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Quarantine [Kindle Edition]

Jim Crace
4.0 out of 5 stars  See all reviews (67 customer reviews)

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Amazon Review

The story of Jesus's 40 days in the wilderness is surely among the most celebrated and widely diffused narratives in Western culture. Why, then, would Jim Crace choose to retell it in strictly naturalistic, non-miraculous terms? The obvious answer would be that the godless novelist is trying to debunk divinity--to take the entire New Testament down a notch. And at first, this does seem to be the case. Crace's Jesus first got religion as an adolescent, and "was transformed by god like other boys his age were changed by girls." His peers view his spiritual fervour as a youthful eccentricity. Even now, as the thirtysomething Jesus heads out to the Judaean desert for his 40-day retreat, he's perceived by his fellow anchorites as a flighty and impractical Galilean. They even call him "Gally" for short--and what sort of deity answers to a nickname?

Yet Crace is hardly the jeering materialist we might expect. As Jesus takes to his cliff-top cave, the author renders his religious transports without a hint of irony, and with a linguistic elegance that can hardly be called disrespectful: "The prayers were in command of him. He shouted out across the valley, happy with the noise he made. The common words lost hold of sound. The consonants collapsed. He called on god to join him in the cave with all the noises that his lips could make. He called with all the voices in his throat." And while most of the temptations of Christ are visited upon him by humans--by the motley crew of his cave-dwelling neighbours-- he resists them with what we can only call superhuman will. Quarantine does, of course, operate on a fairly realistic plane. Jesus dies of starvation long before his 40-day fast is complete, and his fellow retreatants, who take centre stage throughout much of the novel, are much too confused and brutal ever to figure in any Sunday school pageant. Still, Crace leaves at least the possibility of resurrection intact at the end, which should ensure that his brilliant book will rattle both believers and non-believers alike.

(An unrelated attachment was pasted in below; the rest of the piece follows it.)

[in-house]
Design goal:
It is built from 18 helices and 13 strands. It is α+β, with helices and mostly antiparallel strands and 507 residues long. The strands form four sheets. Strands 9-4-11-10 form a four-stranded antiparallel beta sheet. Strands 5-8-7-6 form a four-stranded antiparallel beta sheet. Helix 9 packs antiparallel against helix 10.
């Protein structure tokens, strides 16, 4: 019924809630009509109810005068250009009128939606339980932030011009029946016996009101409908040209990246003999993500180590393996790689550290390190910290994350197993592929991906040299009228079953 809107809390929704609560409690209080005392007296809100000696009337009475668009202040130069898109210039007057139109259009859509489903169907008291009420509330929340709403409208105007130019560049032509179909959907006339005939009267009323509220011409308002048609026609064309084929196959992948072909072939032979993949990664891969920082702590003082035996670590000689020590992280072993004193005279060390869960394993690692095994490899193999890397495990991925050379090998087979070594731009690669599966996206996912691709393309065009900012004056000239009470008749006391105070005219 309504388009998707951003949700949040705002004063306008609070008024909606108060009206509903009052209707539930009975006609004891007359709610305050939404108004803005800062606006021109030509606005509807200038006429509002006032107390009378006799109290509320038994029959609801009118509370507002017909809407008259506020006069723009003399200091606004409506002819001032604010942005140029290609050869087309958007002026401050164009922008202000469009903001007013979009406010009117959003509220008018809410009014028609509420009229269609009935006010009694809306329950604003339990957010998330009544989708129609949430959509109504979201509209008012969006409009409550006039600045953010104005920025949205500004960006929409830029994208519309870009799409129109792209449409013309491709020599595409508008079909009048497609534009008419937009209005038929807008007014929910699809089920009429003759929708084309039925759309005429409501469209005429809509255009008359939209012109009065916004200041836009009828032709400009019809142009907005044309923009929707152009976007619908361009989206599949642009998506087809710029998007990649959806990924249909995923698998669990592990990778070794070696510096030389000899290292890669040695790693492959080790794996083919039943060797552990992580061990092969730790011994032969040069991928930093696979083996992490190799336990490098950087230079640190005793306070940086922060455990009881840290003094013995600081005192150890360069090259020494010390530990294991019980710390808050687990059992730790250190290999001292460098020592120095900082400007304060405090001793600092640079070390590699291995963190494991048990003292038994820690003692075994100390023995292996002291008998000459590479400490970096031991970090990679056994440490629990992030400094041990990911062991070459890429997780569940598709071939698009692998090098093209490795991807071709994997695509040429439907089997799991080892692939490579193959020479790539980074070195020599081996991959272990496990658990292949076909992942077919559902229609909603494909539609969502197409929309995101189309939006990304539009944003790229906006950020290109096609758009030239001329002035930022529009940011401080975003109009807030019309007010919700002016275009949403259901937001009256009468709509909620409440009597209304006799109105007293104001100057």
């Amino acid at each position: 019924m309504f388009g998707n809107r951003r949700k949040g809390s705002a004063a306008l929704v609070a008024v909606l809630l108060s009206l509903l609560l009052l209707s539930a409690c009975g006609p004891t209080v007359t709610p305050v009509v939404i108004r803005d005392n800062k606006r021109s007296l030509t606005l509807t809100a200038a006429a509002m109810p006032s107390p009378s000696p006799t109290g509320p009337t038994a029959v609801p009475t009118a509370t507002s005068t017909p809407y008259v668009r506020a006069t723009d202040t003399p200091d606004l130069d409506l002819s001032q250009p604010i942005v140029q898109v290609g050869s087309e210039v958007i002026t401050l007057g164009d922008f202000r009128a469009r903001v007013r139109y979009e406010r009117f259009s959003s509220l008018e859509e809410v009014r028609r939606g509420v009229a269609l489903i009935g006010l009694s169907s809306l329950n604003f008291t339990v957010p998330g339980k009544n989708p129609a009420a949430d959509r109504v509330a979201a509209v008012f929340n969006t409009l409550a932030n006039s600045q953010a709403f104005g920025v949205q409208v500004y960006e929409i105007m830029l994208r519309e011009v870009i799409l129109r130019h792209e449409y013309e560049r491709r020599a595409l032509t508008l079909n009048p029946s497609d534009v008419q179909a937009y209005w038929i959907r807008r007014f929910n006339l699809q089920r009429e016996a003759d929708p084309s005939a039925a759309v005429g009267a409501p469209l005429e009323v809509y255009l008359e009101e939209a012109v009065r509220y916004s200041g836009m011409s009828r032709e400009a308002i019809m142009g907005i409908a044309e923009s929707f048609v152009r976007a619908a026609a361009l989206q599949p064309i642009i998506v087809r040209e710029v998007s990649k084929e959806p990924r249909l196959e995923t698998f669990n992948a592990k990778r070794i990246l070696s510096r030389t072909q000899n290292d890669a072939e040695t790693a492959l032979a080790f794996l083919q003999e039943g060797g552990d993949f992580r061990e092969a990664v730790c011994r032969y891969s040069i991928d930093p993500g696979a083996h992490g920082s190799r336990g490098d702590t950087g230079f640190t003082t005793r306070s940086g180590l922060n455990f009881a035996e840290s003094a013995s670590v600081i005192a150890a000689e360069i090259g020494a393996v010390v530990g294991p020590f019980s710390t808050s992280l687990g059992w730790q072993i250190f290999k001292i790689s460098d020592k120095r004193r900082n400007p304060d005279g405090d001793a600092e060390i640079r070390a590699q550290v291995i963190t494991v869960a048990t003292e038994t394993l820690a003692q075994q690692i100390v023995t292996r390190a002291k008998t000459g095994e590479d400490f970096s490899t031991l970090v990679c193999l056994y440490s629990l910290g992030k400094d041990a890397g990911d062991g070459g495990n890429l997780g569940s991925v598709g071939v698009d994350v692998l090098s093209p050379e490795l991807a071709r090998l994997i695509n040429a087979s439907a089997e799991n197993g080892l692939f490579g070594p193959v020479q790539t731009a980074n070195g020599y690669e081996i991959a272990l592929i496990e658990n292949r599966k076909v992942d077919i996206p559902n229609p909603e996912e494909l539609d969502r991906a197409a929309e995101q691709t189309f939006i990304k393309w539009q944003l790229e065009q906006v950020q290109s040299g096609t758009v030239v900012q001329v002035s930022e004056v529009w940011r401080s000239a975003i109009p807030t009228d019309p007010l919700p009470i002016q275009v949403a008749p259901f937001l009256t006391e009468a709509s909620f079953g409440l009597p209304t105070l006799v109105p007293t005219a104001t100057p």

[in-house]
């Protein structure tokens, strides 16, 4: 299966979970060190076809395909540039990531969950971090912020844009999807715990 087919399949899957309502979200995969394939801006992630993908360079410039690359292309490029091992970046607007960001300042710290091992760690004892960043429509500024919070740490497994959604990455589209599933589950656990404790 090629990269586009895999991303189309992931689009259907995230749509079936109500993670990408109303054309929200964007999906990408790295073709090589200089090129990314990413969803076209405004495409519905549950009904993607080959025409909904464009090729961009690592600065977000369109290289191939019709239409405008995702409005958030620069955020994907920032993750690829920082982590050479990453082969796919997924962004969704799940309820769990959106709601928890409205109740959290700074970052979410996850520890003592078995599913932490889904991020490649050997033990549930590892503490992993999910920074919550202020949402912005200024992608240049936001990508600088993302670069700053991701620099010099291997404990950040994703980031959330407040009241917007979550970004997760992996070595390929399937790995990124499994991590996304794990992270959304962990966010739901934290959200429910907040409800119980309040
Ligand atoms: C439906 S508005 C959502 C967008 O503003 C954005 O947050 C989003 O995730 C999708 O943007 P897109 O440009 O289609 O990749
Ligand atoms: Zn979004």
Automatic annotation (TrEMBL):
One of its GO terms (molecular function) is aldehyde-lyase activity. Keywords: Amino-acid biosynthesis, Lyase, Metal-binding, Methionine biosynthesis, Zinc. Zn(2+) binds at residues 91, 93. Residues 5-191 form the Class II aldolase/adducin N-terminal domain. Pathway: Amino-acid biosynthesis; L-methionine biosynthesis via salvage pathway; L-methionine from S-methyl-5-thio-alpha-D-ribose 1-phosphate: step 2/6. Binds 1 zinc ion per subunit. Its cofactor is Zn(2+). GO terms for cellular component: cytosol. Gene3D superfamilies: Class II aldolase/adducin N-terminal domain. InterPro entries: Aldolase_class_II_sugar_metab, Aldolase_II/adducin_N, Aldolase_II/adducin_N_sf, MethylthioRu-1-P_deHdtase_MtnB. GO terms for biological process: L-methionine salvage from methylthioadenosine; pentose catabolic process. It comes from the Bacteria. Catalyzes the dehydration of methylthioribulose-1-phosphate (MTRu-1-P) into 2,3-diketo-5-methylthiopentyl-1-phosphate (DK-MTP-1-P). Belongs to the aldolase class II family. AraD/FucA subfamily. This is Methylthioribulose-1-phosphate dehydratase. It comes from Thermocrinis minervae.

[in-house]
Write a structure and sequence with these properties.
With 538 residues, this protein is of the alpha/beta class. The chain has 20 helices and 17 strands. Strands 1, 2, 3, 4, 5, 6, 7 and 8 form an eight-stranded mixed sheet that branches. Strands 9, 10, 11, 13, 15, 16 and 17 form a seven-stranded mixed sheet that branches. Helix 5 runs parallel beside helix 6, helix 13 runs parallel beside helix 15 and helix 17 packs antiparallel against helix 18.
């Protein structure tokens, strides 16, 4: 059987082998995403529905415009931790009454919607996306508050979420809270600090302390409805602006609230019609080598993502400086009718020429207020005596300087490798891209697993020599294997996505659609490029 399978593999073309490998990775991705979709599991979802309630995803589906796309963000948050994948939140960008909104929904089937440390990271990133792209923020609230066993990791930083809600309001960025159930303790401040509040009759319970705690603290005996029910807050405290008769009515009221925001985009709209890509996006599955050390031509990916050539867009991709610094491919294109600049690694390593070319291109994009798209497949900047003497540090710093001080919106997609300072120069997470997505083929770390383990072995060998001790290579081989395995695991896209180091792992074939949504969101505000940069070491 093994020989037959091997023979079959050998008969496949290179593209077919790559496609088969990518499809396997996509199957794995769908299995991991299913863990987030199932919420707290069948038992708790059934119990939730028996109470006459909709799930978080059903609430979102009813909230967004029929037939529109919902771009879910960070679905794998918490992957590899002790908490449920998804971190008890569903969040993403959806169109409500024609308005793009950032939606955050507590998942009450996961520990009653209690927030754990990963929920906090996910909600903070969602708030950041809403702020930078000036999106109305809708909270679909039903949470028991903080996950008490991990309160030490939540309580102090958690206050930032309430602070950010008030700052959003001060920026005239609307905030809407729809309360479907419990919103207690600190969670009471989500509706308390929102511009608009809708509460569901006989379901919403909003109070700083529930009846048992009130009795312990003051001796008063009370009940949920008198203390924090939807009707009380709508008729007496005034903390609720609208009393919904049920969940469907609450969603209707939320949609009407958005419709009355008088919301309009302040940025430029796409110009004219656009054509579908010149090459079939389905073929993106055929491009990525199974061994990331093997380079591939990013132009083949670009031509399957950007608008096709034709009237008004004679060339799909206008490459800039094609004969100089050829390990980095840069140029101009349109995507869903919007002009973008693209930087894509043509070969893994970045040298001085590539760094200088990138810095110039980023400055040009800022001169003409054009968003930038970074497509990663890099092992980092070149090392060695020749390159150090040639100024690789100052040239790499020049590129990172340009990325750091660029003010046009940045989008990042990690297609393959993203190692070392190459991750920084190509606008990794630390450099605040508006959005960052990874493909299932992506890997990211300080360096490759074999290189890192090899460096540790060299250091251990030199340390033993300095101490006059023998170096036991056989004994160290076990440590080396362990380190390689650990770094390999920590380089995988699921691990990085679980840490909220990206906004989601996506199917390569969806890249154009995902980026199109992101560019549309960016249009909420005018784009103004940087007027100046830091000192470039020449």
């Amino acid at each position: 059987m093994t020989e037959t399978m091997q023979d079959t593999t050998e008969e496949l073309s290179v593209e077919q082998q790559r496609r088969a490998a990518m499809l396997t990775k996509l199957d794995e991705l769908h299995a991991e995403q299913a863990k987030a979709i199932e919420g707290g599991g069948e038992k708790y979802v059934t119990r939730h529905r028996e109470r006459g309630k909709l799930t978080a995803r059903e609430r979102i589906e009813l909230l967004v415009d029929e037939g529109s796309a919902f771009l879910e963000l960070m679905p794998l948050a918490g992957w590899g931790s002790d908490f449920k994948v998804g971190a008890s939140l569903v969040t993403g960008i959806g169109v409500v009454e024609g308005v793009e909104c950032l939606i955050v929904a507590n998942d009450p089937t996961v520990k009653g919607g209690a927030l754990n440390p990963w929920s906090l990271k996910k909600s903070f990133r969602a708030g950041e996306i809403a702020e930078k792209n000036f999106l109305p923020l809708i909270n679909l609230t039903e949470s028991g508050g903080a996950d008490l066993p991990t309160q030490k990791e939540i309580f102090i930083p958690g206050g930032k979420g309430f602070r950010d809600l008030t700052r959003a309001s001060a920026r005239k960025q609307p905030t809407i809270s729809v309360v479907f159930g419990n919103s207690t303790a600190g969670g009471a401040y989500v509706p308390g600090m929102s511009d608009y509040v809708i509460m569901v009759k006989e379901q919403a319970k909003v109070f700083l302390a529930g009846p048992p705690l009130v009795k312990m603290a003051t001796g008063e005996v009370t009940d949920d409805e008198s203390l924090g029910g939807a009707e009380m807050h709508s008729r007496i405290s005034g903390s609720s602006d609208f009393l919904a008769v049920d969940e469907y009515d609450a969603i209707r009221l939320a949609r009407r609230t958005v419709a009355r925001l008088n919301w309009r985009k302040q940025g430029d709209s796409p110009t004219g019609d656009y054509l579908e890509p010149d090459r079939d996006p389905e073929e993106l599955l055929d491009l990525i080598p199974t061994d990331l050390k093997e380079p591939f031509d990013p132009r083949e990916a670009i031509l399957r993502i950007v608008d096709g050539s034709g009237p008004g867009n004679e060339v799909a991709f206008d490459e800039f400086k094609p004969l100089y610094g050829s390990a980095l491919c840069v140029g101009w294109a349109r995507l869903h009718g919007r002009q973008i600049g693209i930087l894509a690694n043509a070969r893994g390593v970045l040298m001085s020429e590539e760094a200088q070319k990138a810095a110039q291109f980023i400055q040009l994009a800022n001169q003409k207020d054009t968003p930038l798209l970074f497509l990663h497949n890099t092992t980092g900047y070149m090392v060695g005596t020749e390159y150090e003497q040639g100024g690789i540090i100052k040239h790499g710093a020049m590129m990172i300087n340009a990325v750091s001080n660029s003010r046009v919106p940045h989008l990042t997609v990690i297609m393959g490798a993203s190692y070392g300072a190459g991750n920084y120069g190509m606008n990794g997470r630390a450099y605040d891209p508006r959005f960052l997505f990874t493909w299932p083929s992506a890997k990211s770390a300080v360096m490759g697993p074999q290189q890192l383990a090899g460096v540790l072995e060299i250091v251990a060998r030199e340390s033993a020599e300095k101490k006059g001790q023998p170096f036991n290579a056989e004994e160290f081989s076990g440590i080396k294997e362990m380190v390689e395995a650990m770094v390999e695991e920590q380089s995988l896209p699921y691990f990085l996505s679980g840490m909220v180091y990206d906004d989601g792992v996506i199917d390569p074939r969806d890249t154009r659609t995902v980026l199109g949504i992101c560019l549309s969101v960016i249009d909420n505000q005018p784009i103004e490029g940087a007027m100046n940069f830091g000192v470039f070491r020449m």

‘Stunning. A writer of hallucinatory skill’ John Updike

‘Completely captivating’ Literary Review

‘Absolutely compelling’ Observer

‘Dazzling, gritty brilliance. This is a novel of scorching distinction’ Sunday Times

‘One of the finest novels I’ve read in years’ The Times

Product details

  • Format: Kindle Edition
  • File Size: 408 KB
  • Print Length: 268 pages
  • Page Numbers Source ISBN: 0374239622
  • Publisher: Picador (21 Mar 2011)
  • Sold by: Amazon Media EU S.à r.l.
  • Language: English
  • ASIN: B004T1P9TI
  • Text-to-Speech: Enabled
  • X-Ray: